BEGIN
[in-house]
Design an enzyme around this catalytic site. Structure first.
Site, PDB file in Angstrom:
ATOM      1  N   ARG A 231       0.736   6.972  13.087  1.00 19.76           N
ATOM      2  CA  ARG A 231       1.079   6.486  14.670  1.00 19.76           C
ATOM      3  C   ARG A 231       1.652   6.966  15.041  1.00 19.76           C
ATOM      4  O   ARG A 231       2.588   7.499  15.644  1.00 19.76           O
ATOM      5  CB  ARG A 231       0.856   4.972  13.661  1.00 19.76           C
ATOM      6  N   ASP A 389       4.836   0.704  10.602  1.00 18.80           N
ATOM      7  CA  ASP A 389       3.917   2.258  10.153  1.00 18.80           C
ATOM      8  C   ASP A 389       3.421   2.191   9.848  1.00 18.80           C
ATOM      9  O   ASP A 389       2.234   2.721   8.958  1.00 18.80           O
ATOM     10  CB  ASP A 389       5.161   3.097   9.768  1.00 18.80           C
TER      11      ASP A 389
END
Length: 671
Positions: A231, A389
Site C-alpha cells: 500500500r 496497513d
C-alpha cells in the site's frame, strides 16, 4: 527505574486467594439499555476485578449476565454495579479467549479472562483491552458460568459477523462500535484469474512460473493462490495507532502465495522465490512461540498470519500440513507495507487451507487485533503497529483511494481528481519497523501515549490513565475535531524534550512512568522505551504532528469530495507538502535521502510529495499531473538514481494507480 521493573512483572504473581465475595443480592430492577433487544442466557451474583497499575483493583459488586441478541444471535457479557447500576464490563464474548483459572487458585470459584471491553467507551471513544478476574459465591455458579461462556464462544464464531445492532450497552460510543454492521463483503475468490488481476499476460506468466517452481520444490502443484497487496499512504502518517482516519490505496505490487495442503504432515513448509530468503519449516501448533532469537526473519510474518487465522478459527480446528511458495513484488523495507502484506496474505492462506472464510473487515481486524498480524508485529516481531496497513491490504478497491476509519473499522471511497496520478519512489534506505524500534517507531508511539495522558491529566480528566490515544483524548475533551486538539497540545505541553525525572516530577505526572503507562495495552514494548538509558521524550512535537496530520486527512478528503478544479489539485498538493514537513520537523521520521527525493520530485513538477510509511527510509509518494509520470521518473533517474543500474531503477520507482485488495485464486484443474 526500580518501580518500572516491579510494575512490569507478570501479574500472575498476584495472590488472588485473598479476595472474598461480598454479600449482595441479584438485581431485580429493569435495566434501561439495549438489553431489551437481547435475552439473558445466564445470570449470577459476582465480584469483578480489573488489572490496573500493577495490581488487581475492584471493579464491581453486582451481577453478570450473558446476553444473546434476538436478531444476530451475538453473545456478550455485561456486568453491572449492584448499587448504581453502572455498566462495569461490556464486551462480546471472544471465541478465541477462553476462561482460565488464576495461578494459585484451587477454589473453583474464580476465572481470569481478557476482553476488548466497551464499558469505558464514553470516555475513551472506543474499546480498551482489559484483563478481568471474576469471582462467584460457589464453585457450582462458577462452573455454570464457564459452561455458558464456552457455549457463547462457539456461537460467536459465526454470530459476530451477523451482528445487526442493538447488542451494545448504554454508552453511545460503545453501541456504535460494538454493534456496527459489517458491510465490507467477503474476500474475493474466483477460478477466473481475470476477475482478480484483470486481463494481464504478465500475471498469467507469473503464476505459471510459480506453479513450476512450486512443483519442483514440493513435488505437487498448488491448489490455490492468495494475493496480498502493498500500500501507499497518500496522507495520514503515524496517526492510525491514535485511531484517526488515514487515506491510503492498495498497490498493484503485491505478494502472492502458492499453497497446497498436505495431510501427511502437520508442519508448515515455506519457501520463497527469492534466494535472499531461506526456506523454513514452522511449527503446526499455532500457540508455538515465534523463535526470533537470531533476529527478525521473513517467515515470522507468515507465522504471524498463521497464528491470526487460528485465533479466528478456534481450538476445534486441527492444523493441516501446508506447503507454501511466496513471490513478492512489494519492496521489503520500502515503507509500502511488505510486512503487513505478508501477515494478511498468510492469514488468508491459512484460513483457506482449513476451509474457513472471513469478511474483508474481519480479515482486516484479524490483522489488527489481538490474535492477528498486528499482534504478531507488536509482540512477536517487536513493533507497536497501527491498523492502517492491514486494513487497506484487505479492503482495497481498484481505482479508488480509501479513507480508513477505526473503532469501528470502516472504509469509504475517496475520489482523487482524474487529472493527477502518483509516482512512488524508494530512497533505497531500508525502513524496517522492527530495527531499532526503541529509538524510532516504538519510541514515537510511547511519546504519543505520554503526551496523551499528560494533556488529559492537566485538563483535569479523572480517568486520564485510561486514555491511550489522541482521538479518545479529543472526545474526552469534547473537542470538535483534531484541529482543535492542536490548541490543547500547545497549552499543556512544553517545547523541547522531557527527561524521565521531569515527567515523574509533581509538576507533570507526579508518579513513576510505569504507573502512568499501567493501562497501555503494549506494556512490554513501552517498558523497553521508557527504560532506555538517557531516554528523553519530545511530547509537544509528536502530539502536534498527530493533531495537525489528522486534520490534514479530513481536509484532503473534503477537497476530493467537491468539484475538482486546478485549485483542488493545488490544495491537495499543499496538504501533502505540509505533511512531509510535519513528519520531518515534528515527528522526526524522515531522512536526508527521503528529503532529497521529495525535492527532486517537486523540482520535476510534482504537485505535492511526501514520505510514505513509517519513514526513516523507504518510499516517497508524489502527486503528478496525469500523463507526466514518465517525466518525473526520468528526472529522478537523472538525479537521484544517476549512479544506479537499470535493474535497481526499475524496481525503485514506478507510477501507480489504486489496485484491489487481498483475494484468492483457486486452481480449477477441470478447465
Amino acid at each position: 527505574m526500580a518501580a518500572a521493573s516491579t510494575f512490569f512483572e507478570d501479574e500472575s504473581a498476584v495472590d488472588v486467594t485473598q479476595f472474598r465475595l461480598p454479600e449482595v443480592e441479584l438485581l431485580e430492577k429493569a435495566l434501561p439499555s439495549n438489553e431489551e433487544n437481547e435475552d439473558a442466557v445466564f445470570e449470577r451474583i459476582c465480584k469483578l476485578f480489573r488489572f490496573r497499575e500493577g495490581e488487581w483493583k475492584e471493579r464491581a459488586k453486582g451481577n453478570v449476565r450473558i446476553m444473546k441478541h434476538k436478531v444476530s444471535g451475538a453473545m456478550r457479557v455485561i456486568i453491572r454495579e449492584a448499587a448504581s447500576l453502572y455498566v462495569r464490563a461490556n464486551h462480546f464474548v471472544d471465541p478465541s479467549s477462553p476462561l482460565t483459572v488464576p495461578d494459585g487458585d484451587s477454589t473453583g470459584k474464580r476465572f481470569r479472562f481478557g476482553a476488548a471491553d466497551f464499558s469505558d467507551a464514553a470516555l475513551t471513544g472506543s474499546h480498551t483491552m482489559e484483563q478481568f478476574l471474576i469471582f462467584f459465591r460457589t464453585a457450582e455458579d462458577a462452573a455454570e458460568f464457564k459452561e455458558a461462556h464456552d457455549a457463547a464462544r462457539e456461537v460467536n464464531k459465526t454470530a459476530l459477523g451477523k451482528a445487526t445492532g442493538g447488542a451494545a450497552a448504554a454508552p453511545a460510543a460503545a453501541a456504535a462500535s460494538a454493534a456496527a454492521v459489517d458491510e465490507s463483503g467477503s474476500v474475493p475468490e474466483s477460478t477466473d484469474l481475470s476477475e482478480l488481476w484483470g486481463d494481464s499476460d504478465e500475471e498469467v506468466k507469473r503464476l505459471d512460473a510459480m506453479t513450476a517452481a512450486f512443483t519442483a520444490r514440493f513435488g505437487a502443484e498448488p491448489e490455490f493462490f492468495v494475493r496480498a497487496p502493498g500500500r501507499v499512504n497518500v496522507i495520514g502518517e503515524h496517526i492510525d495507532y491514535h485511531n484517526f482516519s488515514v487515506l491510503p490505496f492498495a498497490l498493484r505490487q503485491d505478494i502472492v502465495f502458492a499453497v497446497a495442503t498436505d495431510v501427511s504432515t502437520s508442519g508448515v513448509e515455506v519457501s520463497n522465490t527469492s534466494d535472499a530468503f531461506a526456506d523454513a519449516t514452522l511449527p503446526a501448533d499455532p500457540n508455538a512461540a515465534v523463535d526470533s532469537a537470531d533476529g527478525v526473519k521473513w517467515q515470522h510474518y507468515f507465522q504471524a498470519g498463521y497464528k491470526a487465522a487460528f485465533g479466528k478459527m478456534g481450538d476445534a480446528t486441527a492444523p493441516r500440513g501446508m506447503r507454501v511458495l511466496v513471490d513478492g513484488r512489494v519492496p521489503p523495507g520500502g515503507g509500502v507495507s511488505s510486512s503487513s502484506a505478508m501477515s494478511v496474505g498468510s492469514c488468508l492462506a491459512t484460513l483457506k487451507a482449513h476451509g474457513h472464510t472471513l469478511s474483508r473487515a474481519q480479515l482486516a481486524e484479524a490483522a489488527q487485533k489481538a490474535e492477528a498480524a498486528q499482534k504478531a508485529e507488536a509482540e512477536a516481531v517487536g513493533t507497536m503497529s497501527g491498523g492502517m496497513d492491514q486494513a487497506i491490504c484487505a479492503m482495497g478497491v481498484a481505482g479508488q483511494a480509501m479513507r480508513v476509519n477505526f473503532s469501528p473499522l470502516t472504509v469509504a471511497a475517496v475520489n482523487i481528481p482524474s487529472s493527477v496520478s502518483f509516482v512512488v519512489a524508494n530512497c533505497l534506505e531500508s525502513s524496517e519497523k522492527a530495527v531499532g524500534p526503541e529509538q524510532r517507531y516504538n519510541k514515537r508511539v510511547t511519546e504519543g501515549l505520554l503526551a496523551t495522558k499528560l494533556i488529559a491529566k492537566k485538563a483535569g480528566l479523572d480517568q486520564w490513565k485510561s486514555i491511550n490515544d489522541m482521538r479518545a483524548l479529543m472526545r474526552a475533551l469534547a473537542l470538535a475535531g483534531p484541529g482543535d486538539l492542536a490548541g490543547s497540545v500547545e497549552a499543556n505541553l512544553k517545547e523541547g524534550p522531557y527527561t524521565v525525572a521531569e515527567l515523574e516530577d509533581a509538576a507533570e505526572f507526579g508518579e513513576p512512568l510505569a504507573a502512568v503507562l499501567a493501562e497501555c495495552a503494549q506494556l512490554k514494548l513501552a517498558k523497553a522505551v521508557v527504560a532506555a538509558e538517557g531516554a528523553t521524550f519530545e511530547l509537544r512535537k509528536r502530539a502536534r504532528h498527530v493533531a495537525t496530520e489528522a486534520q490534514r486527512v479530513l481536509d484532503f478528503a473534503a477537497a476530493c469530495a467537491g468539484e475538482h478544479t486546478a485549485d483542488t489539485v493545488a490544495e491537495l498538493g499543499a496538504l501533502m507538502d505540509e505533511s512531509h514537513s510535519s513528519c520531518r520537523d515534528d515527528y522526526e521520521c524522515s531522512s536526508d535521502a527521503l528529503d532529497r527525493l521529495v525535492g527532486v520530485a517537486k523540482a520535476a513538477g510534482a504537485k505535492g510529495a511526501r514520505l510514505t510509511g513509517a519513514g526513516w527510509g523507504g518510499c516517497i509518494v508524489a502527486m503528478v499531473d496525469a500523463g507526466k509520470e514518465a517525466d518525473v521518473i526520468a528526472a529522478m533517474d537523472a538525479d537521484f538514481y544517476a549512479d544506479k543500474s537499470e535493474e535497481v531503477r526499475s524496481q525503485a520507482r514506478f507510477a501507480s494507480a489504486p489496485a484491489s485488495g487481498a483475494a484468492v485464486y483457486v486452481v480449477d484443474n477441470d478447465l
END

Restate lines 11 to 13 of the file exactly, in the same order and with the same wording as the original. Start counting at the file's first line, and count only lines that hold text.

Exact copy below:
ATOM      8  C   ASP A 389       3.421   2.191   9.848  1.00 18.80           C
ATOM      9  O   ASP A 389       2.234   2.721   8.958  1.00 18.80           O
ATOM     10  CB  ASP A 389       5.161   3.097   9.768  1.00 18.80           C